• Jan 11th 2011 at 9:02AM
  • 7
Back in October, the Society of Automotive Engineers (SAE) assigned a task force to standardize the wireless charging of plug-in vehicles. In November, the task force announced its goal of finalizing the SAE J2954 wireless charging guidelines by end of 2011 and enforcing this standard by 2013. The SAE standard will establish performance and safety limits for wireless power transfer in automotive applications. The task force is currently reviewing several wireless charging methods, including inductive and magnetic resonance.

The SAE will conduct tests of wireless charging systems on light-duty passenger vehicles and commercial buses. The J2954 team will evaluate wireless Level 1, 2, and 3 chargers. The SAE's task force consists of automakers, commercial bus producers, wireless charger manufacturers, government agencies, suppliers and universities. In addition, the SAE has established a working relationship with the International Organization for Standardization (ISO) and VDE (Germany's standardization organization) to ensure that wireless charging systems have at least a fair degree of global compatibility. Hat tip to Yishaii!

[Source: Green Car Congress]


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    • 1 Second Ago
  • 7 Comments
      • 4 Years Ago
      I'd rather just plug in . . . it takes all of 5 seconds. But if this helps EV adoption, I'm all for it.
        • 4 Years Ago
        One of the main advantages of inductive (wireless) charging is the ability to charge while in motion (preferably at low speeds or even at stop lights).
      • 4 Years Ago
      I wonder why no one has proposed a "pipe-less petrol transfer system" yet. That would be equally well justified and practical.

      And, if we used 100x larger tanks at the input (pump) and the output (car) we could throw petrol a lot further without spilling nearly as much as we did with ordinary tanks! (yes, that's an analogy to the resonant power transfer)
        • 4 Years Ago
        My point is that a car charger is not a gadget. There are several kW of power to transfer from the charger to the car. If only several percent of this power gets lost "in the air" we are talking about hundreds of watts of power in radiation or heating up everything around. This is particularly true in long distance resonant systems - they are only efficient if the environment around the transmission coil is well controlled (that is, there is no water or metal objects nearby).

        I may consider a wireless phone charger a gadget (albeit stupid, is it really that much more difficult to place a cellphone on a cradle instead of on a charging pad?) but that application doesn't trigger alarms in my head. Yes, it is inefficient, it may interfere with some other wireless systems but it will not cause you any harm, not more than the cellphone itself, anyway. But doing the same with a car charger (especially if a resonant solution is used) is IMO irresponsible.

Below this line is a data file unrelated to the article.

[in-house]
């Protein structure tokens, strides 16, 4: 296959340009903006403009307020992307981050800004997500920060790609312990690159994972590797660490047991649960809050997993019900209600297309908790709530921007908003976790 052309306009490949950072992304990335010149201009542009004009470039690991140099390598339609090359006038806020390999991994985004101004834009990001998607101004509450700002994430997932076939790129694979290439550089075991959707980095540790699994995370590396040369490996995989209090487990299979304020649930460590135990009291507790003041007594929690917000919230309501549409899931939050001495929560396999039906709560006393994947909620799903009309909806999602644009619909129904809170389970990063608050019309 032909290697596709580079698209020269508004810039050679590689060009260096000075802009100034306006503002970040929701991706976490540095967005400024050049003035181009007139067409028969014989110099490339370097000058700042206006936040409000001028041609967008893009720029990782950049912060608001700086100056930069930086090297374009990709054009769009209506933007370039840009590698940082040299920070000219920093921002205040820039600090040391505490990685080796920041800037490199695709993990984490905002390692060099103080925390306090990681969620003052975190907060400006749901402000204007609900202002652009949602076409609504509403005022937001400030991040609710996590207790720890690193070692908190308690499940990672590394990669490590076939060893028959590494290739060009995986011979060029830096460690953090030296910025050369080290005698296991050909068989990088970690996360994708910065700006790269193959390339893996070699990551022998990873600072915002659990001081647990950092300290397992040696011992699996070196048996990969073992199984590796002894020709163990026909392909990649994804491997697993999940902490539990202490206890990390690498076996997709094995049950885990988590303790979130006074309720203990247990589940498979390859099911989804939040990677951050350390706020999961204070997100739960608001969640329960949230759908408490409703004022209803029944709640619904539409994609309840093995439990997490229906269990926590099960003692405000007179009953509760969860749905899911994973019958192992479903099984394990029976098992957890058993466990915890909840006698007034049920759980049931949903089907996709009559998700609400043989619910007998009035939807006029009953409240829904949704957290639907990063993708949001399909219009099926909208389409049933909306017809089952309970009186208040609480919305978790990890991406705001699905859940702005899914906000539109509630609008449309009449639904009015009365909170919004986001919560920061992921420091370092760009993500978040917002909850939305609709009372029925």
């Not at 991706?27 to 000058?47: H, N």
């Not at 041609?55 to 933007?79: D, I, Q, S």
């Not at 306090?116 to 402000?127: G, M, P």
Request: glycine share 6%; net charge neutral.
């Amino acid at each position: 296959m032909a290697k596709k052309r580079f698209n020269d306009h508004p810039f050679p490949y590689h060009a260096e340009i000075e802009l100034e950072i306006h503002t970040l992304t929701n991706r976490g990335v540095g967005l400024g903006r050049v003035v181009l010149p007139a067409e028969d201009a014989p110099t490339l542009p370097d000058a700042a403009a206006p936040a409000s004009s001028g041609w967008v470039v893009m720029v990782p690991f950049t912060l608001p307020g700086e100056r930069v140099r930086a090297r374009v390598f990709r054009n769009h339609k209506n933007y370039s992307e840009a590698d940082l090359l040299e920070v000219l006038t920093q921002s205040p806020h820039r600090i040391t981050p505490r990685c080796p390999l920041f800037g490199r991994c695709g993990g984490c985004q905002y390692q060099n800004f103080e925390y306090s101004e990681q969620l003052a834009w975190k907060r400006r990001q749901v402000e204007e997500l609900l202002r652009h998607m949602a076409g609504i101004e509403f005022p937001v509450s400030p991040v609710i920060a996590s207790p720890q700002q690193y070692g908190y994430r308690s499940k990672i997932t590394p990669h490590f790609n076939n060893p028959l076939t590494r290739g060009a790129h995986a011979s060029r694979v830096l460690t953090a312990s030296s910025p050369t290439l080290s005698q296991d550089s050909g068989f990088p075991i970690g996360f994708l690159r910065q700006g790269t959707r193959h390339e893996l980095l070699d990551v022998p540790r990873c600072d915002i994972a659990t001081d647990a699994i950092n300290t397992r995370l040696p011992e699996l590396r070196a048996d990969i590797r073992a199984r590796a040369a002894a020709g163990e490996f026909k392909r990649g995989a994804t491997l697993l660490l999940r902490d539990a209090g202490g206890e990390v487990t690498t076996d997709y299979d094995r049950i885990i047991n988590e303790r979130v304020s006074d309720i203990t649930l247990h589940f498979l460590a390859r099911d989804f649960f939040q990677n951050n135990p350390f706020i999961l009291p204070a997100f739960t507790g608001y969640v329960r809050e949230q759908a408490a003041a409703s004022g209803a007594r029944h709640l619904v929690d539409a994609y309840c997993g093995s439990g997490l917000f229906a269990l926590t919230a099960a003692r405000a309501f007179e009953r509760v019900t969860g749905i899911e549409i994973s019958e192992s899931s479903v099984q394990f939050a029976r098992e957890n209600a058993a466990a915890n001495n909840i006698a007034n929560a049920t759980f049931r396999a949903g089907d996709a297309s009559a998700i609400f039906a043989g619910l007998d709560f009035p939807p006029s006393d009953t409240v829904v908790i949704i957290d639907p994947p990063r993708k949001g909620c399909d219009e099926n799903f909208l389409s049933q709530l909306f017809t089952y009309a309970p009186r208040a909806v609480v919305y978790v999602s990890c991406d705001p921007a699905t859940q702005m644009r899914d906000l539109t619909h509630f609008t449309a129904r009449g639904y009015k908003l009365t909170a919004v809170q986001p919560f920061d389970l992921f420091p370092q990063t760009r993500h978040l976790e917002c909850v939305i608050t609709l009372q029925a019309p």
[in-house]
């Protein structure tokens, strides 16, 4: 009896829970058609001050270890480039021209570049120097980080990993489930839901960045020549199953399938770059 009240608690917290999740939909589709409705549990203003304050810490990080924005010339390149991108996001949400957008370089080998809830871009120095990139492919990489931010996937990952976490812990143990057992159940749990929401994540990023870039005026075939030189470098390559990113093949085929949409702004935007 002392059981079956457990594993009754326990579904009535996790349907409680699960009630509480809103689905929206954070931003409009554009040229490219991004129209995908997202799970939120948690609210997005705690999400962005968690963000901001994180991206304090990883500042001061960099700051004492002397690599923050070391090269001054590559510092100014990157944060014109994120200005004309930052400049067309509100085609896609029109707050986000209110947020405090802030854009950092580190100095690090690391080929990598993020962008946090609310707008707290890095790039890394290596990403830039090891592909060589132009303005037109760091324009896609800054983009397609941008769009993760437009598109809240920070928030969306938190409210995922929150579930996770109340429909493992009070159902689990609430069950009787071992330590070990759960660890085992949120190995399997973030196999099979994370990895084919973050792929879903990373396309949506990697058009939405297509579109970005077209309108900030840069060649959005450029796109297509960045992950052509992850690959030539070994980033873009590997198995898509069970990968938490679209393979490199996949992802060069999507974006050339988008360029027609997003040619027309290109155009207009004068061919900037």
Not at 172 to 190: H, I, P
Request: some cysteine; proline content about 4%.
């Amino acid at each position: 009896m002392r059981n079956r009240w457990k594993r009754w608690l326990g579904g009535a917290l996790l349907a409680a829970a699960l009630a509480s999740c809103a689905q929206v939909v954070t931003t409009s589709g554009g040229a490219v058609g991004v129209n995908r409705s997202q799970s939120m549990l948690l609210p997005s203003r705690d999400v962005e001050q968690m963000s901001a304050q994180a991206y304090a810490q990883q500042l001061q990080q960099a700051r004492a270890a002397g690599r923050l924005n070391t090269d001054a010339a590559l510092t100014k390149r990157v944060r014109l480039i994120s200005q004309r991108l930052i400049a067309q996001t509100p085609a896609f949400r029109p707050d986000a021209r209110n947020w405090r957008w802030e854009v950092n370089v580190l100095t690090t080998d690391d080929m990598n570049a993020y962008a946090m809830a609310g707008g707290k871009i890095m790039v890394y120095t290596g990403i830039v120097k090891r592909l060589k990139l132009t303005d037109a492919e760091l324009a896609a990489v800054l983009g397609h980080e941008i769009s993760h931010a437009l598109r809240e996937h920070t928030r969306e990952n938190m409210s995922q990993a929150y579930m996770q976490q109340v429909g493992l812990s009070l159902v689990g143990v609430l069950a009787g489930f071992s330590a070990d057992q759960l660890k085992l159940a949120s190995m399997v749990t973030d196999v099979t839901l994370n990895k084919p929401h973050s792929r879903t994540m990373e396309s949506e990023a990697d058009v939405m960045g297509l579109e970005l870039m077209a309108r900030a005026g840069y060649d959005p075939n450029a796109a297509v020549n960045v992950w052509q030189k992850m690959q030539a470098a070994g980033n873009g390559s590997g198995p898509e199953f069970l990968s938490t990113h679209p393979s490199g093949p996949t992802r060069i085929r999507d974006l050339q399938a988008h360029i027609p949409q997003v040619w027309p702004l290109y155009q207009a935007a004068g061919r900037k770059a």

The only "wireless" solution that could work is a very short range inductive coupling (effectively a contact type solution, not unlike a transformer). This way we could eliminate exposed electrical contacts and make the system 100% spark proof. But it would also require a much larger, clunky ferrite "connector" so I'm not sure if it was any more practical solution than a traditional plug and socket.
        • 4 Years Ago
        Despite what I said in the original post, many people will like the wireless setup.

        It will eliminate much fussing and complaining from the female population like: "I don't want to plug it in." "That dumb cord is in the way".
      • 4 Years Ago
      The Volt's charger only get 80% efficiency in its current (not wireless) configuration. Seems like charging efficiency really needs to be improved but I doubt going wireless is going to help.
      • 4 Years Ago
      Many of the 1997-2002 EV cars produced for the CARB ZEV mandate used inductive charging. Toyota and GM eventually settled on the GM Magne Charge paddle, http://en.wikipedia.org/wiki/Magne_Charge , but "Magne Charge support was withdrawn by General Motors in 2002,[3] after the California Air Resources Board settled on a conductive charging interface for electric vehicles in California in June, 2001.[4][5]".

      Note that with the 2000 inductive charging you STILL had to plug in a chunky cable. And SAE J1772 has always been safe, no current flows unless the car and charging station complete the handshake protocol. So there really has been no reason to prefer inductive charging. And inductive charging while the car is on the go is a fantasy unless you waste a lot of energy. It would be nice to have some system that opportunistically charges a nearby vehicle without the owner doing anything, but cost, economics, and physics all work against it. The only role I foresee for this is giving EV buses a quick boost at a bus stop.